Even so, conditions are improving enough to sharply drive down the deficits projected for the next two years.
What is denied most sharply invariably turns out to be irrefutably true.
Days began sharply at nine, and ended just as sharply at five.
In his remarks, Soufan sharply repudiated the harsh techniques he observed.
The big drop in corn production means, in the words of the report, a “sharply higher price outlook” for corn.
"Mr. Waterbury is a gentleman of veracity," said Alderman Morris sharply.
At the risk of overturning the machine he veered it sharply to the left.
Whereupon he stopped and looking at me sharply asked if I knew how to bribe.
Napoleon withdrew his hand as sharply as if a bee amid the fruit had stung him.
"Such people are hardly worth helping," Miss Morgan said sharply.
Old English scearp "having a cutting edge; pointed; intellectually acute, active, shrewd; keen (of senses); severe; biting, bitter (of tastes)," from Proto-Germanic *skarpaz, literally "cutting" (cf. Old Saxon scarp, Old Norse skarpr, Old Frisian skerp, Dutch scherp, German scharf "sharp"), from PIE *(s)ker- (1) "to cut" (cf. Lettish skarbs "sharp," Middle Irish cerb "cutting;" see shear).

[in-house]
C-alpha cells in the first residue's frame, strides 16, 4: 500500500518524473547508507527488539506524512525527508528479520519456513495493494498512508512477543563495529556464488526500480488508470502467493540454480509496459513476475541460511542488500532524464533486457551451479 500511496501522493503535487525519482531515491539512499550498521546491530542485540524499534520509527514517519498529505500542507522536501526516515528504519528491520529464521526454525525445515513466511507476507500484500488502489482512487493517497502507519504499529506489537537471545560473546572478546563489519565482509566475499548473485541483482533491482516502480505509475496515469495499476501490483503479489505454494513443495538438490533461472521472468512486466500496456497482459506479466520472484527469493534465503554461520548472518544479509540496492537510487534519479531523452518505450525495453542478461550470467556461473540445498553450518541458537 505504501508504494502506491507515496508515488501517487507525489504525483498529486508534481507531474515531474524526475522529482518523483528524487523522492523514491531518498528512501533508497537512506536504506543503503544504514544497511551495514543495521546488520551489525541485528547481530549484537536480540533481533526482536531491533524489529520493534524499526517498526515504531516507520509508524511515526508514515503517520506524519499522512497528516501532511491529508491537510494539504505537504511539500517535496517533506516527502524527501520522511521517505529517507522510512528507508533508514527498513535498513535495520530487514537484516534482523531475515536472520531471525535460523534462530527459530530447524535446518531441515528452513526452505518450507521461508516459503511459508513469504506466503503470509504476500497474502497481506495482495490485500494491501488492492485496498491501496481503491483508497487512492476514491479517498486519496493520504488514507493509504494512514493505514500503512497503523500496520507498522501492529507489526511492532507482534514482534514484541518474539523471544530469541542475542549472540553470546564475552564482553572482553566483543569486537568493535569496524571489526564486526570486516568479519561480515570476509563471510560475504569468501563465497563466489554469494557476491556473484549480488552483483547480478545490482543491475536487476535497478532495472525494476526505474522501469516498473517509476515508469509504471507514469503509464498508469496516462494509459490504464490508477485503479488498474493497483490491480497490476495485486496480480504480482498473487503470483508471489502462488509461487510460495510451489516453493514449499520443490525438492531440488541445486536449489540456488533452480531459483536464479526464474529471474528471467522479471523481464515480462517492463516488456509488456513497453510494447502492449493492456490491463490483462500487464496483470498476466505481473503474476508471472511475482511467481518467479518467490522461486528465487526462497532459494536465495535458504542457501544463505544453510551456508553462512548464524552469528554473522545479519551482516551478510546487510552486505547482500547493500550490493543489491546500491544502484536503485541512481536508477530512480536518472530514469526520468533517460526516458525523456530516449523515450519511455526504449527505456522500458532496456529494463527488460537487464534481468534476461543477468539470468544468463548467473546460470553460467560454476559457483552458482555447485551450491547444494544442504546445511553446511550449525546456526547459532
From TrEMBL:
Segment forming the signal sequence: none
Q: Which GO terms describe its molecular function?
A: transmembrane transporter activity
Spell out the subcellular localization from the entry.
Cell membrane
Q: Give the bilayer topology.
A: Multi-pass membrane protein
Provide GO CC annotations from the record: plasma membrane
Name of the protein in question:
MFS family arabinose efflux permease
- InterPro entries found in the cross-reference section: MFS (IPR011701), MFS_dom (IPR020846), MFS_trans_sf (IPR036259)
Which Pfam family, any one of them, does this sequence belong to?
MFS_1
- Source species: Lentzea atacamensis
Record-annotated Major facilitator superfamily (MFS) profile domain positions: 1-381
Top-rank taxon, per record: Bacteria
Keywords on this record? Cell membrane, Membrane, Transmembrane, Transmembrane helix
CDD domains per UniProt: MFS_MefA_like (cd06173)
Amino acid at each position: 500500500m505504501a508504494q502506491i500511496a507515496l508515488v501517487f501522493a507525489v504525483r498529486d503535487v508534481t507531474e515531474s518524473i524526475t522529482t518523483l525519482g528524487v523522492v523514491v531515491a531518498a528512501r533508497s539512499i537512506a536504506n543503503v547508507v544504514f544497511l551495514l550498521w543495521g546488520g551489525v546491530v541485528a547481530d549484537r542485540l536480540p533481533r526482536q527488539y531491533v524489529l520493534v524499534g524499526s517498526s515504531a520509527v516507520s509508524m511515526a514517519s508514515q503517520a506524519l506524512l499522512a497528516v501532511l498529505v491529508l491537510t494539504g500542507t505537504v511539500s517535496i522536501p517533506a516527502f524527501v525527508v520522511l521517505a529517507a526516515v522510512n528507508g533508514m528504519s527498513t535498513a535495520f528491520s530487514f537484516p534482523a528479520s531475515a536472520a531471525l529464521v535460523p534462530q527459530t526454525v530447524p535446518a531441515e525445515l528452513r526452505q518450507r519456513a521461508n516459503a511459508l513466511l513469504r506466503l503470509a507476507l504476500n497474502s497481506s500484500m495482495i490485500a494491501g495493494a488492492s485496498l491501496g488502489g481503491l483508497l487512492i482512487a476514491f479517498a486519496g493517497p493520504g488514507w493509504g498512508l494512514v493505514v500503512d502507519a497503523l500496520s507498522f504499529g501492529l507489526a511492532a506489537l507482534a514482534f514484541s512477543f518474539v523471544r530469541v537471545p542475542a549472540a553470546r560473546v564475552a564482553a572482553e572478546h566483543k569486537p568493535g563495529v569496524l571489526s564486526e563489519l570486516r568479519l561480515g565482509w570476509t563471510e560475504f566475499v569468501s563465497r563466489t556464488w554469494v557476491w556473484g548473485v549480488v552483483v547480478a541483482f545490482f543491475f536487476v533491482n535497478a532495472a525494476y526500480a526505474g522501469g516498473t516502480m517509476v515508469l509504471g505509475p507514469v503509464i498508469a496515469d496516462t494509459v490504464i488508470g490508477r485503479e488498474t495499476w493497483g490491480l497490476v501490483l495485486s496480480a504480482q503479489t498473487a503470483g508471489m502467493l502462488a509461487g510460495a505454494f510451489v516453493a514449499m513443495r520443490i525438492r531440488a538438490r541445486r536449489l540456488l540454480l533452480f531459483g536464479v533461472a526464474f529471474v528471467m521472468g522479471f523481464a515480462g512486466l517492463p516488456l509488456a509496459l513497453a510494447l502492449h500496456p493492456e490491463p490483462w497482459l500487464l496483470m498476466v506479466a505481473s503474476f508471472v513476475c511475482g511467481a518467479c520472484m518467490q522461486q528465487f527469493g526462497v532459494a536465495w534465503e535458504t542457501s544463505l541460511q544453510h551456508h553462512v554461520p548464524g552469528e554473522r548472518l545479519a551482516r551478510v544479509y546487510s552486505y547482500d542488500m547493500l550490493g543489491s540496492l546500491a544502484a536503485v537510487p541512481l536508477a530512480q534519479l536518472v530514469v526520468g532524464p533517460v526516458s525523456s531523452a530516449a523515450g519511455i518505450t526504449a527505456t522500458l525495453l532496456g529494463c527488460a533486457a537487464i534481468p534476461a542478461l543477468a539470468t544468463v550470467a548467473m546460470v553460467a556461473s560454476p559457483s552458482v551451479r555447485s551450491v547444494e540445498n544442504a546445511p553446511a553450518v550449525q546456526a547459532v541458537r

The figurative meaning "acute or penetrating in intellect or perception" was in Old English; hence "keenly alive to one's own interests, quick to take advantage" (1690s). Of words or talk, "cutting, sarcastic," from early 13c. Meaning "distinct in contour" is from 1670s. The adverbial meaning "abruptly" is from 1836; that of "promptly" is first attested 1840. The musical meaning "half step above (a given tone)" is from 1570s. Meaning "stylish" is from 1944, hepster slang, from earlier general slang sense of "excellent" (1940). Phrase sharp as a tack first recorded 1912 (sharp as a needle has been around since Old English). Sharp-shinned attested from 1704 of persons, 1813 of hawks.